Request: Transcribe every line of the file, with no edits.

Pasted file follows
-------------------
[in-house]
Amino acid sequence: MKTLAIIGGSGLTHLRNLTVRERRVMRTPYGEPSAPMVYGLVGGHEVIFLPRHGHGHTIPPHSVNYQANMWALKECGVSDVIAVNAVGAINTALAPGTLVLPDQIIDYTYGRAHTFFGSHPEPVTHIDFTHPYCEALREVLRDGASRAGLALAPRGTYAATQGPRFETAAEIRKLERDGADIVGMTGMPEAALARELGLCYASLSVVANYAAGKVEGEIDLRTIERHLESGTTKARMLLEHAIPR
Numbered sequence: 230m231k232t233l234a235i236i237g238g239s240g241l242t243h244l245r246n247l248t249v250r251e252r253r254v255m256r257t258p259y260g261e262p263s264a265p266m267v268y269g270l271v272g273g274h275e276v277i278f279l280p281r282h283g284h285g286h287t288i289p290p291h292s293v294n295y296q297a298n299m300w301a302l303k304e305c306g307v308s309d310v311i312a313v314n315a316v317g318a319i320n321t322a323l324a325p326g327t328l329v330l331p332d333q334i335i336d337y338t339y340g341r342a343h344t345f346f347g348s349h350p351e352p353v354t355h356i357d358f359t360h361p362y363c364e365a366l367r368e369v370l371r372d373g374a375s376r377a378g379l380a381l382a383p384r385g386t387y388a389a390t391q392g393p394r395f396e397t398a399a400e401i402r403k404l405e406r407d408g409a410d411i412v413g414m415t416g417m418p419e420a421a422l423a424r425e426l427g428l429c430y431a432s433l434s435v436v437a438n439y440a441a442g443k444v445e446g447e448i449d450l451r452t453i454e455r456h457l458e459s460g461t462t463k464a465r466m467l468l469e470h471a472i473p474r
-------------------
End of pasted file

[in-house]
Amino acid sequence: MKTLAIIGGSGLTHLRNLTVRERRVMRTPYGEPSAPMVYGLVGGHEVIFLPRHGHGHTIPPHSVNYQANMWALKECGVSDVIAVNAVGAINTALAPGTLVLPDQIIDYTYGRAHTFFGSHPEPVTHIDFTHPYCEALREVLRDGASRAGLALAPRGTYAATQGPRFETAAEIRKLERDGADIVGMTGMPEAALARELGLCYASLSVVANYAAGKVEGEIDLRTIERHLESGTTKARMLLEHAIPR
Numbered sequence: 230m231k232t233l234a235i236i237g238g239s240g241l242t243h244l245r246n247l248t249v250r251e252r253r254v255m256r257t258p259y260g261e262p263s264a265p266m267v268y269g270l271v272g273g274h275e276v277i278f279l280p281r282h283g284h285g286h287t288i289p290p291h292s293v294n295y296q297a298n299m300w301a302l303k304e305c306g307v308s309d310v311i312a313v314n315a316v317g318a319i320n321t322a323l324a325p326g327t328l329v330l331p332d333q334i335i336d337y338t339y340g341r342a343h344t345f346f347g348s349h350p351e352p353v354t355h356i357d358f359t360h361p362y363c364e365a366l367r368e369v370l371r372d373g374a375s376r377a378g379l380a381l382a383p384r385g386t387y388a389a390t391q392g393p394r395f396e397t398a399a400e401i402r403k404l405e406r407d408g409a410d411i412v413g414m415t416g417m418p419e420a421a422l423a424r425e426l427g428l429c430y431a432s433l434s435v436v437a438n439y440a441a442g443k444v445e446g447e448i449d450l451r452t453i454e455r456h457l458e459s460g461t462t463k464a465r466m467l468l469e470h471a472i473p474r